Fraser is an outrageous personality; he can pivot from slapping his mother for not slicing his sandwich meat the right way to climbing into her lap and vulnerably clinging on. He’s also trying to sort his feelings for an older soldier on the base, while Caitlin is questioning her gender. She shaves her head, tapes down her breasts, and draws stubble on her face to flirt with girls as Harper. Meanwhile, the duo’s intensifying friendship is constantly questioned. Are they together, or not?
Moving on without an answer is OK by them, but not for the world, and Guadagnino paints that contrast beautifully. They’re happy to grow, evolve, and bend their own rules, but everyone’s desire to put them in an easy-to-understand box forces Fraser and Caitlin into their own little world. Their relationship is theirs, and theirs alone.
“Like today, I had a very heated argument with my mom — very [heated],” he said. “What is it? What’s this argument, the end of the relationship? It’s a process. It’s part of [the relationship]. Maybe tonight we are going to have a pizza together. That’s how life is. It’s a flow of things. And the idea that you are to stuck to one way of being or to one word you say, it’s quite primordial and elemental. We need to move on from simplifications and embrace complications, because complications are beautiful.”
Guadagnino hopes to explore more of his characters’ complications in “We Are Who We Are” Season 2.
“Me and my beautiful writers, we already wrote a Bible for the second season,” he said, referencing co-creators Sean Conway, Paolo Giordano, and Francesca Manieri. “But we have to see. We did it because we were locked down [during the pandemic], and we didn’t want to waste our time. In lockdown, making Zoom calls, we thought about the characters and we came up with something [for Season 2]. We’ll see. I’m very curious to know how this is received. You can see that this is a very dear project to me. I feel it as something very close to me, and I’m very happy that I’ve done it. So if HBO and Sky would be game for making the great cast return to their great characters, I will be there.”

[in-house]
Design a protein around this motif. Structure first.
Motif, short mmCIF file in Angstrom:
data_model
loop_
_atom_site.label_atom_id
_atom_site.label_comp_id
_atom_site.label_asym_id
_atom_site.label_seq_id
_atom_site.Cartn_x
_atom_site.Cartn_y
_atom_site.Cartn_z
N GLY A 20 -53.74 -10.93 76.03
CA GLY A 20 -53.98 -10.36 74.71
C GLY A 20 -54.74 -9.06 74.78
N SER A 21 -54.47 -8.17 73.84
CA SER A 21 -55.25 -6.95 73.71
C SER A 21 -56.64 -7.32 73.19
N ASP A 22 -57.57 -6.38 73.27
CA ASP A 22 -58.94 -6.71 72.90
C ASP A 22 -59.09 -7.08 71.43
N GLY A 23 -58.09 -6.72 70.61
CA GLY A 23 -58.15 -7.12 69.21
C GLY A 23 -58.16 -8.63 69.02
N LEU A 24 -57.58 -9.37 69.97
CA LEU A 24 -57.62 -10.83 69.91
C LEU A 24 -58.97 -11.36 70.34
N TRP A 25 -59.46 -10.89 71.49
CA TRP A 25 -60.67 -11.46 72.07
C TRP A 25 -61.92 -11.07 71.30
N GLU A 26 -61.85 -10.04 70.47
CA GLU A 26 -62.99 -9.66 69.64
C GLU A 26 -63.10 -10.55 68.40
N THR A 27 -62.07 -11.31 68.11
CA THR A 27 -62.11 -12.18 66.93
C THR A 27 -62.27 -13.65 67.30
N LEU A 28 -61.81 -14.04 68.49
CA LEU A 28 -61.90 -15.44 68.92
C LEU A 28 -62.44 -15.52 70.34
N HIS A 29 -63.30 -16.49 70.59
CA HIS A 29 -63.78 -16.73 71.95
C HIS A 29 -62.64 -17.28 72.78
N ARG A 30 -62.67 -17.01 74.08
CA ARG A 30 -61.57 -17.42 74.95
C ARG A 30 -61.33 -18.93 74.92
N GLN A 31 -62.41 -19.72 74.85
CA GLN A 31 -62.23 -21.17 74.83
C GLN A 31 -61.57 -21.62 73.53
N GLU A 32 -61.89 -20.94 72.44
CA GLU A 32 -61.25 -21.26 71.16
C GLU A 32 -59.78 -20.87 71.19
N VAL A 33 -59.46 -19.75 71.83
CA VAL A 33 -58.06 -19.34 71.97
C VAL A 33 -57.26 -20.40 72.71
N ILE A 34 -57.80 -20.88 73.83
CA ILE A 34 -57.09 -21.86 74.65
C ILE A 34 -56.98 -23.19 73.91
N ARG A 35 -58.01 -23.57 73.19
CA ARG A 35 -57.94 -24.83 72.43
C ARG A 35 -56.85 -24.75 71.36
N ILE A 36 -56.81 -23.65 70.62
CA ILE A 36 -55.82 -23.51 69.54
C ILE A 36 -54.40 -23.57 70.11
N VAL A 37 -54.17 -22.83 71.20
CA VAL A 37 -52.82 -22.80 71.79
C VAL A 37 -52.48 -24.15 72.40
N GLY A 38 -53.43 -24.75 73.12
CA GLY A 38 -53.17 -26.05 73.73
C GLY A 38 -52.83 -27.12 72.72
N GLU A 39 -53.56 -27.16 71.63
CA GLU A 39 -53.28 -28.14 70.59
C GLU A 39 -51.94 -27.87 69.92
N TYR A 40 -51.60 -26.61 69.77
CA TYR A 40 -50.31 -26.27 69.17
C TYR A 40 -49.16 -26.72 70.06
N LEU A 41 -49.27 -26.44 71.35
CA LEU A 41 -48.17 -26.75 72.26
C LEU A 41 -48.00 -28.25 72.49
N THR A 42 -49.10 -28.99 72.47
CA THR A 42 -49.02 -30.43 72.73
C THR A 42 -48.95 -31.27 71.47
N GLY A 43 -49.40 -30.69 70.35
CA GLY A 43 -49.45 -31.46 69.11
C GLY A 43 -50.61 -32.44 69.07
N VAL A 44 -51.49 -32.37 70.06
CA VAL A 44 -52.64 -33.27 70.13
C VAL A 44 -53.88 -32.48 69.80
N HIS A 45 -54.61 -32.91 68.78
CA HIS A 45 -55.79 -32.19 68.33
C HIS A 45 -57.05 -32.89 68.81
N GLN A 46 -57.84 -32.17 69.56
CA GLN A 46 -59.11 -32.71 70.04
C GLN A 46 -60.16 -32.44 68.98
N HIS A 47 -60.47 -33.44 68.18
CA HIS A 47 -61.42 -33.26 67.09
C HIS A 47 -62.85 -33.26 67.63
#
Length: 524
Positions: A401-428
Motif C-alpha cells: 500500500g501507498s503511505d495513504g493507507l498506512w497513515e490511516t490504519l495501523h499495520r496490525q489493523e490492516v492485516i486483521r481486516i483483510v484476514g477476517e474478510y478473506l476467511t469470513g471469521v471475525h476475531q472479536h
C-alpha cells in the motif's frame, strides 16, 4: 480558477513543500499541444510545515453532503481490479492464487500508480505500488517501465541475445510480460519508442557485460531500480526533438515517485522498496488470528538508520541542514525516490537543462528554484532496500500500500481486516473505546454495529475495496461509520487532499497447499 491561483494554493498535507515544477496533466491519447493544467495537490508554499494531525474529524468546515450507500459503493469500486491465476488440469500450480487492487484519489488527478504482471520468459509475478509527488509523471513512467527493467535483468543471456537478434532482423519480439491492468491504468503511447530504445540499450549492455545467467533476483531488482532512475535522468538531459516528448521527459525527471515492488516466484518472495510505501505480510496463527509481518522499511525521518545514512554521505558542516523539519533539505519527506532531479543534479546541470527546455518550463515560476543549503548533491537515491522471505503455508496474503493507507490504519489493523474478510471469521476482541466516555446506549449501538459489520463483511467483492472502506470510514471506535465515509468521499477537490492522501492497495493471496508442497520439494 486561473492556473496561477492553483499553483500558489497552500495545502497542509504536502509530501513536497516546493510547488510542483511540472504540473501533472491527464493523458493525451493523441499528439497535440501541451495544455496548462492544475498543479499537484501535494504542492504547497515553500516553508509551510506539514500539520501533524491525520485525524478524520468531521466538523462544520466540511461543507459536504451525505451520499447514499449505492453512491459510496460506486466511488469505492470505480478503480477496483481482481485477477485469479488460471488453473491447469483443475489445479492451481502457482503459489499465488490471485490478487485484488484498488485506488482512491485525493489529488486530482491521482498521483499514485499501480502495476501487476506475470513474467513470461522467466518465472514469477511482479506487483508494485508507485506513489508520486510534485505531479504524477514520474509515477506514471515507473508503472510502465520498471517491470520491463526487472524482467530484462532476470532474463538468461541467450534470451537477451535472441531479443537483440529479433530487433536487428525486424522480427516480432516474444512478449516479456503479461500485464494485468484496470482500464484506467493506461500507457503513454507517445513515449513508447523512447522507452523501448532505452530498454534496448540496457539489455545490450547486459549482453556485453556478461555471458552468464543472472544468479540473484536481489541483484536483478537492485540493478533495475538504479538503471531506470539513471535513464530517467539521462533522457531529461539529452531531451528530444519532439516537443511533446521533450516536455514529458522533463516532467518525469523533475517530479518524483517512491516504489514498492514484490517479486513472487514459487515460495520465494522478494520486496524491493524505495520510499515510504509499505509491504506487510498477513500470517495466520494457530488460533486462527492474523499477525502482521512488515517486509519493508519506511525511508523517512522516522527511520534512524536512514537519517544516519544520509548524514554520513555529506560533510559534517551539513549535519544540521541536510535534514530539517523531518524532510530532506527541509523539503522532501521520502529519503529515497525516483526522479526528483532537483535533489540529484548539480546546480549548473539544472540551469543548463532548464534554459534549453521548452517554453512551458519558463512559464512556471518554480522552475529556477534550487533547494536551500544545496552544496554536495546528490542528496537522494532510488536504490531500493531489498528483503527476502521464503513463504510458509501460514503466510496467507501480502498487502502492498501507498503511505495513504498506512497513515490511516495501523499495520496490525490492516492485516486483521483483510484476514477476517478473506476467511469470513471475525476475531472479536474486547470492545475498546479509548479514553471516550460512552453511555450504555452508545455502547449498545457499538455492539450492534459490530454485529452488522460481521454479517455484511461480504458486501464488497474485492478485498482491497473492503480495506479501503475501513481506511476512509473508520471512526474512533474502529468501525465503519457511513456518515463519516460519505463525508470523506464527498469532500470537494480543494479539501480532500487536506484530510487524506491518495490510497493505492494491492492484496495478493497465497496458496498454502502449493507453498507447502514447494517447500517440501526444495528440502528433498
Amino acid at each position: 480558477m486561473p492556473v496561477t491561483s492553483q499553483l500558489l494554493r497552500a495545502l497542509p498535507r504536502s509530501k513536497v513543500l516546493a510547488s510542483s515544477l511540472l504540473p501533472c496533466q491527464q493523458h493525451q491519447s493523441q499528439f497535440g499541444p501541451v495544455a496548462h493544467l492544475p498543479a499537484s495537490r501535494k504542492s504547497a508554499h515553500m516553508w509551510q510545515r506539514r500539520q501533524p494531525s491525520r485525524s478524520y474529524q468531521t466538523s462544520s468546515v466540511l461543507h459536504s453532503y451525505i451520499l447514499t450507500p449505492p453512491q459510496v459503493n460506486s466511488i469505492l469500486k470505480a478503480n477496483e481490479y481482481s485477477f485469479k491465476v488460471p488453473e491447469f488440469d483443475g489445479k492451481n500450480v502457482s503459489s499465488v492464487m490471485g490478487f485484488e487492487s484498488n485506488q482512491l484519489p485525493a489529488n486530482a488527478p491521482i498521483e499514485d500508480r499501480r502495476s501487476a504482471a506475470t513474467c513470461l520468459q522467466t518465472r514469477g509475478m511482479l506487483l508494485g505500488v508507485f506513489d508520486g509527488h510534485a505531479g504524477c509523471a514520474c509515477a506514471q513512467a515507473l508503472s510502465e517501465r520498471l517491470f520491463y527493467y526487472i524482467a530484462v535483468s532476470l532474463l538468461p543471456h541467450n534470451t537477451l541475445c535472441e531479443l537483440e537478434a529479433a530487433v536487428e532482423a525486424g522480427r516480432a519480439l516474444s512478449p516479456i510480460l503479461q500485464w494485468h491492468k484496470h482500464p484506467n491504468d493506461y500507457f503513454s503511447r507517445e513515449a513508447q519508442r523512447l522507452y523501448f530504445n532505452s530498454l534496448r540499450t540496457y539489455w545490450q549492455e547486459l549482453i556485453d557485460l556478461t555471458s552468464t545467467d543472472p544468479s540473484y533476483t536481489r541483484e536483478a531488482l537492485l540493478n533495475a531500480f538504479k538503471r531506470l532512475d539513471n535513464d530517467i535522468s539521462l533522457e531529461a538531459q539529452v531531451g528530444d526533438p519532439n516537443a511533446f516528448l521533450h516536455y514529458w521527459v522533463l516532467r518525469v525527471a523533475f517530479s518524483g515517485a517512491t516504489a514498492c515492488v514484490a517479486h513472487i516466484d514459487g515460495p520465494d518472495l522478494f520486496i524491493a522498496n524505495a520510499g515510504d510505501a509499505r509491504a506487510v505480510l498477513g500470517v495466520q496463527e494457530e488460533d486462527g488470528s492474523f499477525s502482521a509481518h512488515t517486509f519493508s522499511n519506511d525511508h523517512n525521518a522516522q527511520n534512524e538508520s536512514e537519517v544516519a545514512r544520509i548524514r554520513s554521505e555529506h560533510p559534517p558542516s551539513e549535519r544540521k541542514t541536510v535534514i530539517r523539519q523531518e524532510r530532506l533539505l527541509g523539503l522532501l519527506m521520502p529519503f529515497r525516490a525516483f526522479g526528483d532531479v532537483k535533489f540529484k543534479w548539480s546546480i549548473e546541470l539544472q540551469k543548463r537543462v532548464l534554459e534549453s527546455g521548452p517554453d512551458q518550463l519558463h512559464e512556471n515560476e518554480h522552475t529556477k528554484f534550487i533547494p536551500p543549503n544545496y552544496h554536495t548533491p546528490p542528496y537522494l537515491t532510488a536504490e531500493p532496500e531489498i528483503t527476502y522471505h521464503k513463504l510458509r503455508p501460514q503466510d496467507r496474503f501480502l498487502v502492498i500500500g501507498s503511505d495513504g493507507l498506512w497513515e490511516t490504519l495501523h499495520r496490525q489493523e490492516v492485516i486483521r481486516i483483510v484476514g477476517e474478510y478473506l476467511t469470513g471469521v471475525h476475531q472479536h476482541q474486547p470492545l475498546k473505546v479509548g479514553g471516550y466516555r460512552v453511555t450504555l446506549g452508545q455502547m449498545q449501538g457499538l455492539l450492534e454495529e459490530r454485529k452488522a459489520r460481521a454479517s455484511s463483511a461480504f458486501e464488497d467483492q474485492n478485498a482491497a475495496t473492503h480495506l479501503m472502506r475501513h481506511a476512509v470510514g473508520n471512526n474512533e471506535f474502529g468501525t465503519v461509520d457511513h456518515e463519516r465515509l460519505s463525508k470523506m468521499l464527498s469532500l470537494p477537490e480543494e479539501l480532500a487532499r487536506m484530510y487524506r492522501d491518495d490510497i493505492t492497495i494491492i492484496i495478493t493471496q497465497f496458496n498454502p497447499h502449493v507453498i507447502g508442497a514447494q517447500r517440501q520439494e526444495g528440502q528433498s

Guadagnino will have to address a number of projects on his busy docket already. He’s signed on to direct a narrative feature adaptation of Matt Tyrnauer’s 2017 documentary “Scotty and the Secret History of Hollywood,” a new iteration of “Scarface” written by the Coen brothers, and a “Lord of the Flies” adaptation. He also remains invested in making a sequel to “Call Me By Your Name,” and any or all of these may preempt production on a potential “We Are Who We Are” Season 2. (HBO has not renewed the series as of publication.)
“I know that everything that I had in my pipeline until today, I managed to make, and I hope and I think that I would manage to make everything that people know that I’m going to do, because those projects are all fantastic,” Guadagnino said. “I’m really devoted to each and every one of them. I work hard, and I like to work a lot… so we’ll see what’s going to happen first. But all the things that are mentioned that I may be doing are going to all be done.”
As for his current project, “We Are Who We Are” may be set in 2016, but it’s airing amid the next presidential election. On the one hand, that’s fine. Guadagnino knows the effects of the last administration won’t end when a new one is introduced.
“Even if [Trump] doesn’t win again — and I fear he’s going to win again — the consequences of Trump will be solved and lived through for many, many years to come,” he said.
But debuting in the lead-up to 2020’s election also carries the implication that Guadagnino is making a statement about the present and what’s going to happen November 3.
“You are making me realize that maybe this choice could sound cynical — that we wanted to have the election of 2016 to play during the elections of 2020,” he said. “But the truth of the matter is that I hadn’t thought about that. And now that you are saying that to me, I feel like, wow, sure. Of course, yeah. I think it’s going to be interesting, this mirroring, but it has not been made in calculated ways. Quite interesting, to say. Very, very much.”
A disparity of interpretations might be the best result. Some viewers may find it too hard to revisit the 2016 election right now. Others may be all the more curious to examine its ramifications. After all, reality is shaped by those living through it. Everyone will experience this story a bit differently because we’re all a bit different. We are who we are, and no one has the right to tell us otherwise.
“We Are Who We Are” premieres its Season 1 finale Monday, November 2 at 10 p.m. ET on HBO.